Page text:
The SNP held on to both seats in Falkirk and Linlithgow & East Falkirk – but with much reduced majorities.
In a story that was replicated up and down the country, Nicola Sturgeon’s Nationalists lost votes – and in some case seats – to Theresa May’s Tories.
Scottish Labour also recovered from its whipping in 2015 when they only managed to return one MP to the London parliament. This time around it was a case of ‘seventh heaven’ for a party which appears to finally be backing Jeremy Corbyn after some testing times.
As the story developed across Scotland, it was shortly after 2am the smile on John McNally’s face told everyone he was going back to Westminster to carry on with the work for Falkirk he began in 2015.
Martyn Day and his supporters had to wait another couple of hours before they heard that he too would again be joining the now depleted band of Scottish Nationalist MPs in the House of Commons representing Linlithgow and East Falkirk.
However, the surprise of the night locally was how the SNP’s lost votes nearly all went to the Conservatives with their share of the vote more than doubling since the last General Election.
John McNally polled 20,952 votes (38.9 per cent), which was down from 34,831 (57.72 per cent) in 2015. However, his 4923 majority remains one of most solid in Scotland, albeit down from 19,701 previously.
Craig Martin increased Labour’s share from 15,130 (25.07 per cent) in 2015 to 16,029 (29.8 per cent).
However, Callum Laidlaw saw a huge increase in the Tory vote from 7325 (12.13 per cent) to 14,088 (26.2 per cent).
Other were: Austin Reid for the Liberal Democrats with 1120 (2.1 per cent), Debra Pickering (Green) with 908 (1.7 per cent) and Stuart Martin (UKIP) with 712 (1.3 per cent).
Reflecting on his victory this week, Mr McNally said: “Many thanks to everyone who voted – and to those who generously gave up their time and put so much work into our very positive Falkirk campaign. It was an effort I am proud to be part of.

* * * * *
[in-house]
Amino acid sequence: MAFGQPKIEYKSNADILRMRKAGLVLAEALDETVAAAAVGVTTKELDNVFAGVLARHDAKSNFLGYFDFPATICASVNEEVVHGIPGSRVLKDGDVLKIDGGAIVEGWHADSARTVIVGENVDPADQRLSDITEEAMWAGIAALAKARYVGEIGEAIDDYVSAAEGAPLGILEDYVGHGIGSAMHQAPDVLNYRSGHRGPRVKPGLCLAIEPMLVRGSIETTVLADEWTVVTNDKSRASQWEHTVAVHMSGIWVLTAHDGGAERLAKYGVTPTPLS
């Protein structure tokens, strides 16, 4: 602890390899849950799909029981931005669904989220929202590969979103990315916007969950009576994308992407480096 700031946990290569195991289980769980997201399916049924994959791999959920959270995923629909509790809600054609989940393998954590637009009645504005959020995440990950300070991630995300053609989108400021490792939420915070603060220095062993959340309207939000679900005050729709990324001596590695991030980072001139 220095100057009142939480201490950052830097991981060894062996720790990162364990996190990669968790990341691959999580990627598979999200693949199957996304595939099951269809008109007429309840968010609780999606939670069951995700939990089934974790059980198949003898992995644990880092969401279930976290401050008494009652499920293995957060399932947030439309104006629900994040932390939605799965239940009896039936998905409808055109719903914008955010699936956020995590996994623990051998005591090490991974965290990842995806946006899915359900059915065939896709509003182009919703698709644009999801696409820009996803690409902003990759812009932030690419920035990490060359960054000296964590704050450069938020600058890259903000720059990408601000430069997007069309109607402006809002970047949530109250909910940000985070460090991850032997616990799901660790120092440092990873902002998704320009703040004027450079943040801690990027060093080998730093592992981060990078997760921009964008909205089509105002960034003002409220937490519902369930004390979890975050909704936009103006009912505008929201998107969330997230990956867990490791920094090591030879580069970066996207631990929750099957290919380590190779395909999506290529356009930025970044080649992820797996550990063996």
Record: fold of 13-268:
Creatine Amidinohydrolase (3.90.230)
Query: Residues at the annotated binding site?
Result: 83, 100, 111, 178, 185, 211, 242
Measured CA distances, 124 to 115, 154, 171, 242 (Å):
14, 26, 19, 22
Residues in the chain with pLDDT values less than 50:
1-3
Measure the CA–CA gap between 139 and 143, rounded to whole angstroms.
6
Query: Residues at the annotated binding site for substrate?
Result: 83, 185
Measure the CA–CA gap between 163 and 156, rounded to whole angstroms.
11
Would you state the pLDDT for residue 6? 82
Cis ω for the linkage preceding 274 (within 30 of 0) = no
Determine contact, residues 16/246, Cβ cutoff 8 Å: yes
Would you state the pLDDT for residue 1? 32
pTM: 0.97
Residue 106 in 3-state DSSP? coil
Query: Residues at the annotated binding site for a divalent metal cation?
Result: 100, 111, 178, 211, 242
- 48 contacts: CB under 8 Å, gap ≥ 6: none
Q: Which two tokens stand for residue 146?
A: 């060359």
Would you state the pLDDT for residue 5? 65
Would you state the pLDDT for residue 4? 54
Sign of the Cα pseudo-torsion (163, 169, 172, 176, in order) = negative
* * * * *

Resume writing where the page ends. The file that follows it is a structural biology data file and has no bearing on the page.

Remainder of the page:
“It’s an honour to be asked by the people of Falkirk to further build on the achievements we have made in our local community over the last two years. I will also continue to speak up for my constituents at Westminster and to counter, whenever possible, the brutal effects of Tory austerity.”
Runner-up Mr Martin said: “Firstly can I thank everyone that voted for me. It’s a real honour to be a candidate in my home town of Falkirk.
“I am very pleased with the result, more people voted Labour than last time and we are now within touching distance of winning the seat. The result in the country has proven that hope trumps fear, that people want a fairer country, a more equal country and a less divisive country.
“I wish Jonny McNally MP all the best in representing this cracking town.
“The local Labour party will continue to be on a campaign footing in the chance that the Tory/DUP coalition of chaos doesn’t make it past a few months.”
Commenting on the surge in Tory votes, Alison Harris MSP said: “We are absolutely delighted to have doubled our vote and this comes on top of our successes in Falkirk Council last month where we now have seven councillors.
“People have chosen to vote for the Scottish Conservatives in the knowledge that we are the only party able to take on the SNP.”
Martyn Day’s majority was also cut by almost 10,000 to 2919. This time around he polled 20,388 (36.4 per cent) compared to 32,055 (52.03 per cent) in 2015.
Joan Coombes maintained the Labour vote at 31.1 per cent with 17,469, while Charles Kennedy increased the Conservative vote from 11.98 per cent to 29.1 per cent (16,311). The Liberal Democrats Sally Pattie brought up the rear but her 1926 (3.4 per cent) was an increase from the party’s 1252 (2.03 per cent) in 2015.
Welcoming an opportunity to “get back to the day job”, Mr Day said: “I am delighted to have been re-elected as the MP for Linlithgow and East Falkirk, and wish to thank everyone who voted for me.
“It is a huge privilege that the people of Linlithgow and East Falkirk have once again chosen to place their faith in me.
I look forward to serving each and every one of my constituents, however they may have voted, over the term of the next Parliament.”
Mrs Coombes said: “I am obviously delighted with the result. I cut Martyn Day’s majority from 13,000 to less than 3000. The SNP lost seats across Scotland. In many areas they held on with only a handful of votes.
“The predictions proved incorrect because Jeremy Corbyn’s positive vision for change across Britain resonated with most of the voters I met and talked to.”